KICP Workshops & Events

PhD Thesis Defenses, 2008 Hiroaki Oyaizu, "Nbody simulations of modified gravity"
June 5, 2008  1:30 PM  RI 480
Scientific Advisor: Andrey V. Kravtsov We introduce the method and the implementation of a cosmological simulation of a class of metricvariation f ( R ) models that accelerate the cosmological expansion without a cosmological constant and evade solarsystem bounds of smallfield deviations to general relativity. Such simulations are shown to reduce to solving a nonlinear Poisson equation for the scalar degree of freedom introduced by the f ( R ) modifications. We detail the method to efficiently solve the nonlinear Poisson equation by using a NetonGaussSeidel relaxation scheme coupled with multigrid method to accelerate the convergence. The simulations are shown to satisfy tests comparing the simulated outcome to analytical solutions for simple situations, and the dynamics of the simulations are tested with orbital and Zeldovich collapse tests. Finally, we present several static and dynamical simulations using realistic cosmological parameters to highlight the differences between standard physics and f ( R ) physics. In general, we find that the f ( R ) modifications result in stronger gravitational attraction that enhances the dark matter power spectrum by ~ 20% for large but observationally allowed f ( R ) modifications. More detailed study of the nonlinear f ( R ) effects on the power spectrum are presented in a companion paper. Related Links: KICP Members: Andrey V. Kravtsov KICP Students: Hiroaki Oyaizu Jennifer SiegalGaskins, "Revealing dark matter substructure with anisotropies in the diffuse gammaray background"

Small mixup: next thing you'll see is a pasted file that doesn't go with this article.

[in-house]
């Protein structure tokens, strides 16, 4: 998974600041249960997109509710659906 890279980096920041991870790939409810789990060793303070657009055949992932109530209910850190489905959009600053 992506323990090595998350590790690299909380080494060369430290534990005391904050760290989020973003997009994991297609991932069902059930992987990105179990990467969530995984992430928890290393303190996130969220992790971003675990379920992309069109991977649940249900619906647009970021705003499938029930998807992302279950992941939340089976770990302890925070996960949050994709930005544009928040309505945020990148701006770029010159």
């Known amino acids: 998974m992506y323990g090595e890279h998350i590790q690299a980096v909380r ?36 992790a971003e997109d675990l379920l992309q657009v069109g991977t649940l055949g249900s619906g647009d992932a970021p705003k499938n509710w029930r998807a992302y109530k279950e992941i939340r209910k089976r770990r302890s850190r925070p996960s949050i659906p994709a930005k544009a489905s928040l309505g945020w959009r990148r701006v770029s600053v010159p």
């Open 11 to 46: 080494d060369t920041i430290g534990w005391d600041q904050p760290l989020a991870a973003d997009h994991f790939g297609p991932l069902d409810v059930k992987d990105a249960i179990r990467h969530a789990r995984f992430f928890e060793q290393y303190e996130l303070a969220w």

June 13, 2008  10:00 AM  LASR conference room
Scientific Advisor: Angela V. Olinto The majority of gammaray emission from Galactic dark matter annihilation is likely to be detected as a contribution to the diffuse gammaray background. I show that dark matter substructure in the halo of the Galaxy induces characteristic anisotropies in the diffuse background that could be used to determine the smallscale dark matter distribution. I calculate the angular power spectrum of the emission from dark matter substructure for several models of the subhalo population, and show that features in the power spectrum can be used to infer the presence of substructure. The shape of the power spectrum is largely unaffected by the subhalo radial distribution and mass function, and for many scenarios I find that a measurement of the angular power spectrum by GLAST will be able to constrain the abundance of substructure. An antibiased subhalo radial distribution is shown to produce emission that differs significantly in intensity and largescale angular dependence from that of a subhalo distribution which traces the smooth dark matter halo, potentially impacting the detectability of the dark matter signal for a variety of targets and methods. Related Links: KICP Members: Angela V. Olinto KICP Students: Jennifer M. SiegalGaskins Scientific projects: Fermi Gammaray Space Telescope (Fermi) Charles Shapiro, "The effects of neglecting reduced shear on dark energy constraints from threedimensional weak lensing methods"
July 24, 2008